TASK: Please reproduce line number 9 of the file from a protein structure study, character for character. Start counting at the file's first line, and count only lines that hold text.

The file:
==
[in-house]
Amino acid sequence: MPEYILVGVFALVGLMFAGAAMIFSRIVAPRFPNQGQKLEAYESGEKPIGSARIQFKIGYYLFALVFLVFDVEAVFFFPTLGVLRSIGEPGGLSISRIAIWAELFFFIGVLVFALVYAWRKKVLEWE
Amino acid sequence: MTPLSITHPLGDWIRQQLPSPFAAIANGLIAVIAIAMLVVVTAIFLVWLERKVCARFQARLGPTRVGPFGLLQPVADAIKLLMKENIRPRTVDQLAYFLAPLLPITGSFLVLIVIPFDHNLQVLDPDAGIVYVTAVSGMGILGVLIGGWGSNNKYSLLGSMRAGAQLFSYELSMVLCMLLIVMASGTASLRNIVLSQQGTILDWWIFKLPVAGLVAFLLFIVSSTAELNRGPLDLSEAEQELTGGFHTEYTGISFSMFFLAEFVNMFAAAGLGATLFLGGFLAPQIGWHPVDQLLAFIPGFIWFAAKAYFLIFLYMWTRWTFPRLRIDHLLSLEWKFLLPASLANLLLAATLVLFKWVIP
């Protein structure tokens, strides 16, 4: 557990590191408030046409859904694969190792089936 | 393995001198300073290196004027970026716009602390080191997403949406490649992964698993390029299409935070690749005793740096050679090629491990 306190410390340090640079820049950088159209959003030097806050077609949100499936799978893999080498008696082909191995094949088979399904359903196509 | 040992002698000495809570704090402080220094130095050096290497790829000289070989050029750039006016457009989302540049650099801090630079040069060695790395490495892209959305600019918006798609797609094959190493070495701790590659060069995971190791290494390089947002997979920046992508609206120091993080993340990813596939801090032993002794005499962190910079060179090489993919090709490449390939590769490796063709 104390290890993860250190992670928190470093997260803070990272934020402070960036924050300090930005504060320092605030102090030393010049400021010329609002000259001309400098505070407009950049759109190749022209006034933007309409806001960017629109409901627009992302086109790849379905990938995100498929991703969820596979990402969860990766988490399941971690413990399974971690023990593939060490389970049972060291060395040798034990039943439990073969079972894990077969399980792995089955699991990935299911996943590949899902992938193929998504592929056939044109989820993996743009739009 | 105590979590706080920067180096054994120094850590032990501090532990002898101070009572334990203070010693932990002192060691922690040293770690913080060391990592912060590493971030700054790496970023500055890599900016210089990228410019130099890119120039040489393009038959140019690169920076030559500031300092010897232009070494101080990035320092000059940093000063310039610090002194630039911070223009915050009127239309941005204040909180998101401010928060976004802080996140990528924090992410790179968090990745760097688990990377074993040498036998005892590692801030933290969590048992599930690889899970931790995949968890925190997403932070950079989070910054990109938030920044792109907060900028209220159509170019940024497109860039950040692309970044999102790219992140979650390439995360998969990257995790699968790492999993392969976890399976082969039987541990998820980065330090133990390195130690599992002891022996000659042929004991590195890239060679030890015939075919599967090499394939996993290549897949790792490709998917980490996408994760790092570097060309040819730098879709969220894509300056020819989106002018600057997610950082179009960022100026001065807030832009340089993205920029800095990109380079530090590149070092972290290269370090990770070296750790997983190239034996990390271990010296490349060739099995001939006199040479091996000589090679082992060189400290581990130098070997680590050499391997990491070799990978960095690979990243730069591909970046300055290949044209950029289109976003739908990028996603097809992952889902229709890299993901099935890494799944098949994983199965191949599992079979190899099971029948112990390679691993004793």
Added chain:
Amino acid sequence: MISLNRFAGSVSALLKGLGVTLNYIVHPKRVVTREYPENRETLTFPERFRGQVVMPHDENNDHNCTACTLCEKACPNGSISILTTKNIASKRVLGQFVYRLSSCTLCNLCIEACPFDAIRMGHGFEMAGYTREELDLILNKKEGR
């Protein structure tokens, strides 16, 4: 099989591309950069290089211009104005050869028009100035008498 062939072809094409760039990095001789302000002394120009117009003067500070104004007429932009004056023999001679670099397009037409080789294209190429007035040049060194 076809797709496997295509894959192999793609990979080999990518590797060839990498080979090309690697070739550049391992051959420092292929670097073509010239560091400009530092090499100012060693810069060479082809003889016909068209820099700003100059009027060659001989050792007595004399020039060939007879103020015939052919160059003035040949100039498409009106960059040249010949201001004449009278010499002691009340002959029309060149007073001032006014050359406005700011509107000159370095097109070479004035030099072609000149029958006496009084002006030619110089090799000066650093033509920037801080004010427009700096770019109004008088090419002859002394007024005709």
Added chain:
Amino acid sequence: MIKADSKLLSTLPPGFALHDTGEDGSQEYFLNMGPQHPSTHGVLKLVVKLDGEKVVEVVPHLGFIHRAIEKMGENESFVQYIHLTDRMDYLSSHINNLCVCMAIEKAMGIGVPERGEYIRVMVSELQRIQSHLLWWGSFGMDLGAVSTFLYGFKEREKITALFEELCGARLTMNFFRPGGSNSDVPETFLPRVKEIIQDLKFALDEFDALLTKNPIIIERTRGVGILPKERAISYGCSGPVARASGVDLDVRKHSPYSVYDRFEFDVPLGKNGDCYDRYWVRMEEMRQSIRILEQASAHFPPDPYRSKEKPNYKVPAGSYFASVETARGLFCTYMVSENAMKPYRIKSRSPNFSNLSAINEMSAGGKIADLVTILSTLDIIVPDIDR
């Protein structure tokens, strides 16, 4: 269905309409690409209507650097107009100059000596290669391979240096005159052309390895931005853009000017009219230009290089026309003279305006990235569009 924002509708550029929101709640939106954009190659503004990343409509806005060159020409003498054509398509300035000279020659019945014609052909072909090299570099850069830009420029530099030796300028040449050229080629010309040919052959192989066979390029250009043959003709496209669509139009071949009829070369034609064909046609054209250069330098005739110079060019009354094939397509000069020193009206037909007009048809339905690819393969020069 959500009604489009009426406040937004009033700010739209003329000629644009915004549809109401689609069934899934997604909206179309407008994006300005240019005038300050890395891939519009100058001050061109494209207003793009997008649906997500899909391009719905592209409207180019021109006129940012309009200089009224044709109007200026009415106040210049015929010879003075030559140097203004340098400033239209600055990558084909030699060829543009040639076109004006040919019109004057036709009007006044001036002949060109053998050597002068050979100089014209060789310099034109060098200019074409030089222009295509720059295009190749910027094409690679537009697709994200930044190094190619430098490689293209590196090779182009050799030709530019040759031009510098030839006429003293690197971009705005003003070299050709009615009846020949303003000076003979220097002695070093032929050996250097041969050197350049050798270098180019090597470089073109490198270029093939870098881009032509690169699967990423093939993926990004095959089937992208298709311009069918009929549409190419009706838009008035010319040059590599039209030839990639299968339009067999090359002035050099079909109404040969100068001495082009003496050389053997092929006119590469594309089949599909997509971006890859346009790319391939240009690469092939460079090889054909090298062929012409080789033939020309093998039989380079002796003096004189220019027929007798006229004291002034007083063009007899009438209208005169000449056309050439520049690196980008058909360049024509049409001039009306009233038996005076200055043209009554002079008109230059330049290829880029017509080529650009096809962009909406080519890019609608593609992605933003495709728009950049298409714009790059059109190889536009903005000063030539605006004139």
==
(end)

Amino acid sequence: MIKADSKLLSTLPPGFALHDTGEDGSQEYFLNMGPQHPSTHGVLKLVVKLDGEKVVEVVPHLGFIHRAIEKMGENESFVQYIHLTDRMDYLSSHINNLCVCMAIEKAMGIGVPERGEYIRVMVSELQRIQSHLLWWGSFGMDLGAVSTFLYGFKEREKITALFEELCGARLTMNFFRPGGSNSDVPETFLPRVKEIIQDLKFALDEFDALLTKNPIIIERTRGVGILPKERAISYGCSGPVARASGVDLDVRKHSPYSVYDRFEFDVPLGKNGDCYDRYWVRMEEMRQSIRILEQASAHFPPDPYRSKEKPNYKVPAGSYFASVETARGLFCTYMVSENAMKPYRIKSRSPNFSNLSAINEMSAGGKIADLVTILSTLDIIVPDIDR